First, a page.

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Backstory: What it means to be Muslim

They went to the same school in Saudi Arabia – so how did they turn out so differently?

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Yasir Kazi was the last person I wanted to sit next to on the plane taking us from the US to Copenhagen for the Muslim Leaders of Tomorrow (MLT) conference last month. But airline ticket counter agents – and divine intervention perhaps – determined otherwise, for there he was, on the aisle seat of my row as we boarded a connecting flight from Iceland to Denmark.

I spotted him immediately at Kennedy Airport. His beard screamed "Muslim." No. More than that, it screamed the kind of judgmental Muslim who would give me a hard time because nothing about me screamed "Muslim." So I had an unfair advantage knowing he was Muslim: If he knew I was, perhaps he, too, would have wished a flight free of conversation with me.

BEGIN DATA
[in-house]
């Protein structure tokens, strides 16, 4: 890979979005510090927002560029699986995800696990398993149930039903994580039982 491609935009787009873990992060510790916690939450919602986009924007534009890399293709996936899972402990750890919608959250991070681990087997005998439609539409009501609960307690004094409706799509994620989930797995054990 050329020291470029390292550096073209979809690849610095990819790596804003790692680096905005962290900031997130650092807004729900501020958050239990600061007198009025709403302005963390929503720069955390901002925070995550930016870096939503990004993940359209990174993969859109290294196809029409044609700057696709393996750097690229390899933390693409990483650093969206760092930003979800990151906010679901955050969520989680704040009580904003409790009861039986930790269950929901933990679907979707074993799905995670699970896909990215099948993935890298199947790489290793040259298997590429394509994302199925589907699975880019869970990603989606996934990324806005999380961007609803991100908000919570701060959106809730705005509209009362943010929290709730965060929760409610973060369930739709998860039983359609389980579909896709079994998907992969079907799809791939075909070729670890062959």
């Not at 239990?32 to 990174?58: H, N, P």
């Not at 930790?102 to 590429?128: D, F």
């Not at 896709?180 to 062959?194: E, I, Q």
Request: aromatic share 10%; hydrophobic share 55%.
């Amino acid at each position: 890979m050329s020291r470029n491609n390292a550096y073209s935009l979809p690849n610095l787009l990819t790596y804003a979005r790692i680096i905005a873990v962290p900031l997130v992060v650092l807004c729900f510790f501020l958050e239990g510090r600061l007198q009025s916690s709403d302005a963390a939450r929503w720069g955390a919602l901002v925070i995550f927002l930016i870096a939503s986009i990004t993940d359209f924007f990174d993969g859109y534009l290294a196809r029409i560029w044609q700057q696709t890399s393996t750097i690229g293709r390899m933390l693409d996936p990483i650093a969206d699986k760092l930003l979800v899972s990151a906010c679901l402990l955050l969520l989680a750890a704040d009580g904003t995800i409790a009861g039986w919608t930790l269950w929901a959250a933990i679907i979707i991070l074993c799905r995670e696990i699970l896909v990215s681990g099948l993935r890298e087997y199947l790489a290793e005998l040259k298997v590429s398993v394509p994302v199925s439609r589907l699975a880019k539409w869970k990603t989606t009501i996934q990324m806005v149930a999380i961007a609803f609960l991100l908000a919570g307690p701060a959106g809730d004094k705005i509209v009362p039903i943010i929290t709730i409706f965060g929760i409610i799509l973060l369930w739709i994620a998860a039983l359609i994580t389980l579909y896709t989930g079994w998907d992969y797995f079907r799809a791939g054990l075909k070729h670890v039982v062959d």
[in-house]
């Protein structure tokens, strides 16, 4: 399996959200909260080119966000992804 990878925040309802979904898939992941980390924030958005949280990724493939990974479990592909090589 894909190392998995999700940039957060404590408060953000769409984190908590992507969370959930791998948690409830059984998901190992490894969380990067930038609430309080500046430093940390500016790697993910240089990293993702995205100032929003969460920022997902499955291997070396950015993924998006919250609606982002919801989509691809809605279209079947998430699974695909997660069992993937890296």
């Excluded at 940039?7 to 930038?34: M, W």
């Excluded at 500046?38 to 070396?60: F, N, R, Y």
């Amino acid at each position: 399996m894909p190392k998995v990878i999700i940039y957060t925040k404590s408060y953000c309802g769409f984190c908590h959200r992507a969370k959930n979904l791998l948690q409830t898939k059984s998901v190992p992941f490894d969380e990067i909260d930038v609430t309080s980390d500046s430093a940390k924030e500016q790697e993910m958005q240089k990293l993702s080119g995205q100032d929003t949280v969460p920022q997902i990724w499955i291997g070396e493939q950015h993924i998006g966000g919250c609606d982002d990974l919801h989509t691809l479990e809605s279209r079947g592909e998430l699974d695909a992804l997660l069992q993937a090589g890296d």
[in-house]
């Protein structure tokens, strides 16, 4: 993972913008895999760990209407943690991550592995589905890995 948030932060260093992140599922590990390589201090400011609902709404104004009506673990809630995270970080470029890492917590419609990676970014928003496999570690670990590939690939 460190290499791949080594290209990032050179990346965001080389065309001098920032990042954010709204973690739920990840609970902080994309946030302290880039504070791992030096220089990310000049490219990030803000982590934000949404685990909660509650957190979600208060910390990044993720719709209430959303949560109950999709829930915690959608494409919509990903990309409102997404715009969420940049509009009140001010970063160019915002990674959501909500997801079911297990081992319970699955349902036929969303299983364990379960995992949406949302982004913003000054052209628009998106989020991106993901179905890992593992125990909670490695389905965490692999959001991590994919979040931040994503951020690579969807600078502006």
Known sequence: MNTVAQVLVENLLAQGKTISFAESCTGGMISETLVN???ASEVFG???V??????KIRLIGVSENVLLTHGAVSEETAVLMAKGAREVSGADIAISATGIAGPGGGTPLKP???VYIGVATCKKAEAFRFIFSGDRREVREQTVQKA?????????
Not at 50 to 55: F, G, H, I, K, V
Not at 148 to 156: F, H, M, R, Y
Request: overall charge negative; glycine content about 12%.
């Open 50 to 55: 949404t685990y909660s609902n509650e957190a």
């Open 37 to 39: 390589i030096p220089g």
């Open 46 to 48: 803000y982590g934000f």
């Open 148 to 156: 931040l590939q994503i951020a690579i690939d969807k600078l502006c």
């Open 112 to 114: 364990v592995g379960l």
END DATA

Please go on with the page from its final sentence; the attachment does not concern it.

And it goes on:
We'd been called to Copenhagen to discuss the integration of Muslims in the West. But it was really the question "What does being a Muslim mean?" that boarded the plane and sat in the empty seat between Yasir and me. The brainchild of the not-for-profit New York-based American Society for Muslim Advancement and the multifaith Cordoba Initiative, the conference brought 100 Muslims of diverse backgrounds from 15 countries to Denmark to discuss how Muslims are faring in integrating in Western societies, in light of the clash of civilizations mentality that has set in since the terrorist attacks in London, Madrid, and New York.

But Yasir and I hadn't even landed yet. We'll get to Denmark later.

I'm a board member of the Progressive Muslim Union of North America. A core tenet of our mission is that anyone who calls him or herself a Muslim is a Muslim – no litmus test, no scorecard for ritual or dogma. Self identity is all we consider. Perhaps it really was divine intervention that I was seated by the window and Yasir by the aisle – that empty chair between us couldn't even begin to convey the space between our outlooks on religion and life.

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